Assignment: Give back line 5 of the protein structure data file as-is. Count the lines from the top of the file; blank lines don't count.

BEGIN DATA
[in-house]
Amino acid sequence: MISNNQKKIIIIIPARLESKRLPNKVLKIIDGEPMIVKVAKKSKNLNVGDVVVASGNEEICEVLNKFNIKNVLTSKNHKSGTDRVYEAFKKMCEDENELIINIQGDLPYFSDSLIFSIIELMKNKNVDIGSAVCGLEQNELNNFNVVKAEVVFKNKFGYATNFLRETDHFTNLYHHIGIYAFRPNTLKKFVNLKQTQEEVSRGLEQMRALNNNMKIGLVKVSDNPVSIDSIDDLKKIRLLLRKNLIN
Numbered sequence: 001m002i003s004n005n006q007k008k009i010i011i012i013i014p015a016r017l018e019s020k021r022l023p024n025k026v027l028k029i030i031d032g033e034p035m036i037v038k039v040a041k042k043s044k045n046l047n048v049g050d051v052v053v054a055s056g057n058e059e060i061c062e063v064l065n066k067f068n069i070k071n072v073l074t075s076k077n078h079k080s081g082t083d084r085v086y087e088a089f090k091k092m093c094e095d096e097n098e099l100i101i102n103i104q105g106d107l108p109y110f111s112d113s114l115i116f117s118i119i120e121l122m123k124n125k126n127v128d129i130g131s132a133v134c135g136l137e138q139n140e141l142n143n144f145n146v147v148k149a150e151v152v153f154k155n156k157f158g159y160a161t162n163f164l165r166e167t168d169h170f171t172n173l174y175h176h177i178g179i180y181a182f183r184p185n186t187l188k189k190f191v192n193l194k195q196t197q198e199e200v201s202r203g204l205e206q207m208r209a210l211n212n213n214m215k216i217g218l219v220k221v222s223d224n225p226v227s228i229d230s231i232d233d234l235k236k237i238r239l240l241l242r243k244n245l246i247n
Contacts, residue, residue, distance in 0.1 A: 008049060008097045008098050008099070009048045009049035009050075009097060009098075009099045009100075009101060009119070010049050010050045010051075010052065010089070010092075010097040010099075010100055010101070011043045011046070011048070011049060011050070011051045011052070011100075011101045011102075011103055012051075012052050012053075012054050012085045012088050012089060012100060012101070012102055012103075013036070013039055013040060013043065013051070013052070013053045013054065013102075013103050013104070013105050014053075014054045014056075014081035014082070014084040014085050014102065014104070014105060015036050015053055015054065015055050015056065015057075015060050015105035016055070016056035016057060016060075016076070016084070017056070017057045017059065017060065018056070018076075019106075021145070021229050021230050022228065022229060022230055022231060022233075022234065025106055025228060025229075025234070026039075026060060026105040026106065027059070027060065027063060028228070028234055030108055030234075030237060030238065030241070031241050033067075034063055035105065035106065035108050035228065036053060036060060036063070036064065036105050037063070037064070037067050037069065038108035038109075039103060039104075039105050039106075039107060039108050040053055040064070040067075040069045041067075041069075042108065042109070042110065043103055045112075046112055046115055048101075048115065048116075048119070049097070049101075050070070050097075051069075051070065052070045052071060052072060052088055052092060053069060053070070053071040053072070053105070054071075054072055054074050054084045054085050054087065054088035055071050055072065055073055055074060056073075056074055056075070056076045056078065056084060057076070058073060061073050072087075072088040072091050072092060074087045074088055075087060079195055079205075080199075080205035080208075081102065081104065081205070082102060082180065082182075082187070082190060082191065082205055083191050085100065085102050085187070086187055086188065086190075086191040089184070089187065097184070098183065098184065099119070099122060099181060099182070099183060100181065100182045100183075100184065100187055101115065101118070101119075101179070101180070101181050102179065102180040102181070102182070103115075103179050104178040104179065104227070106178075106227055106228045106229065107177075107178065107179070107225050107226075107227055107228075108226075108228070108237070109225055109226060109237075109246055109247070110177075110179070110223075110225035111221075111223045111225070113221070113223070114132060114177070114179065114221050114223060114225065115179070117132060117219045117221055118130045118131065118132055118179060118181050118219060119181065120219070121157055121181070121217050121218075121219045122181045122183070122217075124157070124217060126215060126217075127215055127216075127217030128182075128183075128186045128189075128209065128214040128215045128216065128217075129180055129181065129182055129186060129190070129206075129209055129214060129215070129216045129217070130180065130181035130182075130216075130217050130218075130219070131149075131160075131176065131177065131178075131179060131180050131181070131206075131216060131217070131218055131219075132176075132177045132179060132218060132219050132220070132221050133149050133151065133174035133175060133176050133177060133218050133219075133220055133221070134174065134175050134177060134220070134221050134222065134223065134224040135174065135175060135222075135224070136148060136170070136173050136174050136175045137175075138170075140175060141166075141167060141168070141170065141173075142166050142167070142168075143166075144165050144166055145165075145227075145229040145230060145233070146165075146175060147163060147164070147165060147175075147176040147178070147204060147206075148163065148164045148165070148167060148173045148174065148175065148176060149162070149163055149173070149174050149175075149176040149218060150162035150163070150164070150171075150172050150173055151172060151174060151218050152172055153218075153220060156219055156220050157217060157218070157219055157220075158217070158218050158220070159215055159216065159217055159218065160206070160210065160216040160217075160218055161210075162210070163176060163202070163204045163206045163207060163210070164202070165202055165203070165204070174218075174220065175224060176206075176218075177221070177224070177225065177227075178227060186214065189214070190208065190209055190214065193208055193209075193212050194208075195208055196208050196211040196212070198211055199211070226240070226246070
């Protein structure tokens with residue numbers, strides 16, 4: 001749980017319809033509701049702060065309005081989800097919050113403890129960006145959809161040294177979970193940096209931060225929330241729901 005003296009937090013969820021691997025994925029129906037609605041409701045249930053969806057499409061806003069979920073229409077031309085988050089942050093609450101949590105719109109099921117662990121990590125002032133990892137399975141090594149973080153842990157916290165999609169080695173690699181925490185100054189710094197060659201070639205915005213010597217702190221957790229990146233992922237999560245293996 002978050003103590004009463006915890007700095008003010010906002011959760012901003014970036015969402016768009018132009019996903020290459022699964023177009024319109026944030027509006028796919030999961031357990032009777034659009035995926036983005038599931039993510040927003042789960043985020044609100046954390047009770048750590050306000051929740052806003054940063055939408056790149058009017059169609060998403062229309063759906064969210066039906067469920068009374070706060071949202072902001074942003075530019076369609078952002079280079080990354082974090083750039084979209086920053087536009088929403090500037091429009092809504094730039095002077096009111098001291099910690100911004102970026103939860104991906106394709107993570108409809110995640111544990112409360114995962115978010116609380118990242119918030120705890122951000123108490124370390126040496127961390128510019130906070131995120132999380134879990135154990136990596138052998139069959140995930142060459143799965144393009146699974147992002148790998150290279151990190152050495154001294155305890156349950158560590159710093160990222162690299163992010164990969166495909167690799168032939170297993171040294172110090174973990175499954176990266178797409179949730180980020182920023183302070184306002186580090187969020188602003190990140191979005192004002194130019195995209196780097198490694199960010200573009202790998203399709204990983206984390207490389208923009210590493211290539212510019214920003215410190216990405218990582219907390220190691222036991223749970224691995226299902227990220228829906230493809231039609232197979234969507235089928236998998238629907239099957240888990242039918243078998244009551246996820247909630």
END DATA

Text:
């Protein structure tokens with residue numbers, strides 16, 4: 001749980017319809033509701049702060065309005081989800097919050113403890129960006145959809161040294177979970193940096209931060225929330241729901 005003296009937090013969820021691997025994925029129906037609605041409701045249930053969806057499409061806003069979920073229409077031309085988050089942050093609450101949590105719109109099921117662990121990590125002032133990892137399975141090594149973080153842990157916290165999609169080695173690699181925490185100054189710094197060659201070639205915005213010597217702190221957790229990146233992922237999560245293996 002978050003103590004009463006915890007700095008003010010906002011959760012901003014970036015969402016768009018132009019996903020290459022699964023177009024319109026944030027509006028796919030999961031357990032009777034659009035995926036983005038599931039993510040927003042789960043985020044609100046954390047009770048750590050306000051929740052806003054940063055939408056790149058009017059169609060998403062229309063759906064969210066039906067469920068009374070706060071949202072902001074942003075530019076369609078952002079280079080990354082974090083750039084979209086920053087536009088929403090500037091429009092809504094730039095002077096009111098001291099910690100911004102970026103939860104991906106394709107993570108409809110995640111544990112409360114995962115978010116609380118990242119918030120705890122951000123108490124370390126040496127961390128510019130906070131995120132999380134879990135154990136990596138052998139069959140995930142060459143799965144393009146699974147992002148790998150290279151990190152050495154001294155305890156349950158560590159710093160990222162690299163992010164990969166495909167690799168032939170297993171040294172110090174973990175499954176990266178797409179949730180980020182920023183302070184306002186580090187969020188602003190990140191979005192004002194130019195995209196780097198490694199960010200573009202790998203399709204990983206984390207490389208923009210590493211290539212510019214920003215410190216990405218990582219907390220190691222036991223749970224691995226299902227990220228829906230493809231039609232197979234969507235089928236998998238629907239099957240888990242039918243078998244009551246996820247909630």